Well that’s what you end up with an industry is based on soviet command and control type economics. Shortages develop.

conrad said...

I agree with Slim on the fact that people should be able to try to get any wage they can. This "don't take a pay rise for the country" business is nationalistic rubbish. If my pay rise leads to consequences for others thats just bad luck in my books. If interest rates have to go up because some section of the community happens to be able to get big pay rises and others can't, then thats just the way life is. Those people should be glad they are in one of the lucky professions (which presumably will start attracting more people to solve this problem if wages stay high enough long enough). It seems to me that the only alternative is that we restrict the only groups we can -- whom I imagine are a minority of workers, and we end up with shortages such as those found in primary and high school teaching, or we end up with the hopeless universities we have now because too many people went overseas or changed professions. That does everybody a disservice in the long term, especially all those that will become the trash because of it (i.e., the average young Australian).

Incidentally JC, there is little correlation between the way schools are set up and efficacy of them across countries. I believe the biggest correlate is overall wages. There was article in the Economist some time ago looking at that (which is from a big OECD report I believe). The only way deregulation is going to work is if all schools can charge whatever they want, and schools are not free to those who can conceivably pay. I can't imagine ever happening.

hc said...

Conrad, On this basis the economy should operate as a set of producer monopolies with counterveiling labour union monopsonies. The value of competition will be discarded entirely. This would be totally crazy since the value of competition disappears.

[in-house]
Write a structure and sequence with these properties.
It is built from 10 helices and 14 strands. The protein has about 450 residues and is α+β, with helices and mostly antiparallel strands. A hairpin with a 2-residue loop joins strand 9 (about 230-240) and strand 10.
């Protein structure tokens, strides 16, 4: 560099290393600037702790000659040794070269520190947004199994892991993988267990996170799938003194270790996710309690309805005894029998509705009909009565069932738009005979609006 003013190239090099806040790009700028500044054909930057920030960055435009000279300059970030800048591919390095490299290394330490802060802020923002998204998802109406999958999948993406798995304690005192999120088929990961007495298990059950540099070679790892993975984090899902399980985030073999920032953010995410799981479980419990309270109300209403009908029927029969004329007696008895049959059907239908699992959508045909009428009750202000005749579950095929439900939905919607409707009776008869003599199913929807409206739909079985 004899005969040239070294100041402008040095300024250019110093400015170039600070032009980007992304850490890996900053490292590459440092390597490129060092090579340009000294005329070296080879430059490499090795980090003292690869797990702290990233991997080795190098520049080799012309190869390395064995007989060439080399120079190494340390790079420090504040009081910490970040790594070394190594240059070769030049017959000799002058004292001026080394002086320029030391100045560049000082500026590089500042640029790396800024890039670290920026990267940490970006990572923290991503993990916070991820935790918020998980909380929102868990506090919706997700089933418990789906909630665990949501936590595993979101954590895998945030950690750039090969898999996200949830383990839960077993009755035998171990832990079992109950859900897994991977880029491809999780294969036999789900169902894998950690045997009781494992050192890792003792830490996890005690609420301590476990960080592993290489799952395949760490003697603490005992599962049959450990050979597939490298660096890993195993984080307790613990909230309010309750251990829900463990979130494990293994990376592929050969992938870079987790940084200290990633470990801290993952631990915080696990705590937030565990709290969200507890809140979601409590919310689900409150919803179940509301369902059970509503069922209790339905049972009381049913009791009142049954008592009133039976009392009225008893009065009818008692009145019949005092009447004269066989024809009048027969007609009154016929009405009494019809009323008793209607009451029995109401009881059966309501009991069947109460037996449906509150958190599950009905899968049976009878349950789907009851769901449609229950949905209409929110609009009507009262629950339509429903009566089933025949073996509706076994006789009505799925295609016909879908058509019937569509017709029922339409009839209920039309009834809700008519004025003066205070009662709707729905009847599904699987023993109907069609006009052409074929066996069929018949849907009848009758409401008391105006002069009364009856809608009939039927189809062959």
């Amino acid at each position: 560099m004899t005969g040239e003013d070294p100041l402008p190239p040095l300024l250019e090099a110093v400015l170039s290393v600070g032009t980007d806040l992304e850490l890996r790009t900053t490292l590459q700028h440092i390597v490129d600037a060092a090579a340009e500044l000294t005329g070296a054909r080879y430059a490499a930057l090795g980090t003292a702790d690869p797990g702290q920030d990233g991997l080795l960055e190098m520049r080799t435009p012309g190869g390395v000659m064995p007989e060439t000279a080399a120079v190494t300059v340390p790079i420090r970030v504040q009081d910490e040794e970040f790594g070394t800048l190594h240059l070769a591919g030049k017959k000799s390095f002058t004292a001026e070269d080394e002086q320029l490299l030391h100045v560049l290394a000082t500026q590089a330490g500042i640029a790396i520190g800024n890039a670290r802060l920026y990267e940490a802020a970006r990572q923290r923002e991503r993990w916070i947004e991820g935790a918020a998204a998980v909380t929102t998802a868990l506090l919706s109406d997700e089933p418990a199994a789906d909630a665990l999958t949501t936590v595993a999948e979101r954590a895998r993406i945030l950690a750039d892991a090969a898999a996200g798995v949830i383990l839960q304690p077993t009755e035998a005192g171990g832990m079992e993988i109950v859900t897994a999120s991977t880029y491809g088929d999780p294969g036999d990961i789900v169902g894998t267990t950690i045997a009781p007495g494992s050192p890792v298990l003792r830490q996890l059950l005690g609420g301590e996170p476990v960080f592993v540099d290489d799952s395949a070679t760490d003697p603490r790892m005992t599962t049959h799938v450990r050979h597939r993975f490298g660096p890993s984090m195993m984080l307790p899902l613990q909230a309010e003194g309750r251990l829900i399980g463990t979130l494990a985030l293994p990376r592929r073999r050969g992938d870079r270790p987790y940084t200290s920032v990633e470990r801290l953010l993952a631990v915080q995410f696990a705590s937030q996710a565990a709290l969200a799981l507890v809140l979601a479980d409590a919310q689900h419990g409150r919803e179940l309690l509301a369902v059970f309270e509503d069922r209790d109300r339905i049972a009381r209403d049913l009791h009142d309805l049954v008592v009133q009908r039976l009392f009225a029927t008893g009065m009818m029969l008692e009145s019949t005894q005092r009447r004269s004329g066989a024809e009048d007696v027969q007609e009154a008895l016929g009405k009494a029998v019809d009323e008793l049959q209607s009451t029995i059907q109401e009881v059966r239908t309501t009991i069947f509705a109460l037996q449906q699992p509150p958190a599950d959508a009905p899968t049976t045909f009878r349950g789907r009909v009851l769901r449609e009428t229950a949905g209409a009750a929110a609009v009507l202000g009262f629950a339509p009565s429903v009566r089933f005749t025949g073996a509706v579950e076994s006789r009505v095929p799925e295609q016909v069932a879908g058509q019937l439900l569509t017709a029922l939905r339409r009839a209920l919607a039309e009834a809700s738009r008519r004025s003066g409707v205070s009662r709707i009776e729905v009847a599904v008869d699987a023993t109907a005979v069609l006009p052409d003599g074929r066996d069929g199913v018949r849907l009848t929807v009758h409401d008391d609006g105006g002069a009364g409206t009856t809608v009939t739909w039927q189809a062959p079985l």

The anything goes approach to wage setting led to double digit inflation and unemployment in the 1980s, early 1990s and 17% interest rates.

Wages should reflect productivity and that is what competition enforces. Social justice objectives with respect to income equality should be pursued via the tax and transfer mechanisms of government not by sending wrong signals to firms.

Slim said...

Maybe it's all the lazy days of summer but I'd momentarily forgotten that for some people Economics is the One True Faith by which all truths and human experience must be measured and determined. When the unionist sinners, heretics and Unbelievers are banished from The Promised Land, the Second Coming will be upon us and Friedman will descend from Above and there will be a Thousand Years of Free Market Paradise for the True Believers. Or something.

the market will decide the rate at which the hirer can be the service of someone’s labor. The market can only provide the going rate for his labor service. It can’t do more without creating surplus- unemployment. But you an always try to refute the marginal productivity theory.

Well actually, no. Back on Planet Earth we have a mixture of free market and controlled economies, public and private ventures and institutions. Trades Unions are still legal and can undertake industrial action in support of their claims.

Victorian teachers are now paid 15% less than their NSW counterpart and remain the lowest paid in the country. The relative remuneration for teachers has declined by 50% in a generation. Present remuneration is failing to keep up with the cost of living and is a major contributing factor in a growing crisis in the supply of teachers. I can foresee that the AEU will abandon their industrial campaign once they understand it's all about marginal productivity theory. What were they thinking? They should accept their lot with magnanimity and appreciate that it is for the good of The Economy.

A Free Market Economy might solve all these things but we don't actually have one, nor is it likely anytime soon. Everyone is grabbing what they can. Why should we expect teachers or wage earners be any different. Geese and Ganders.

conrad said...

HC,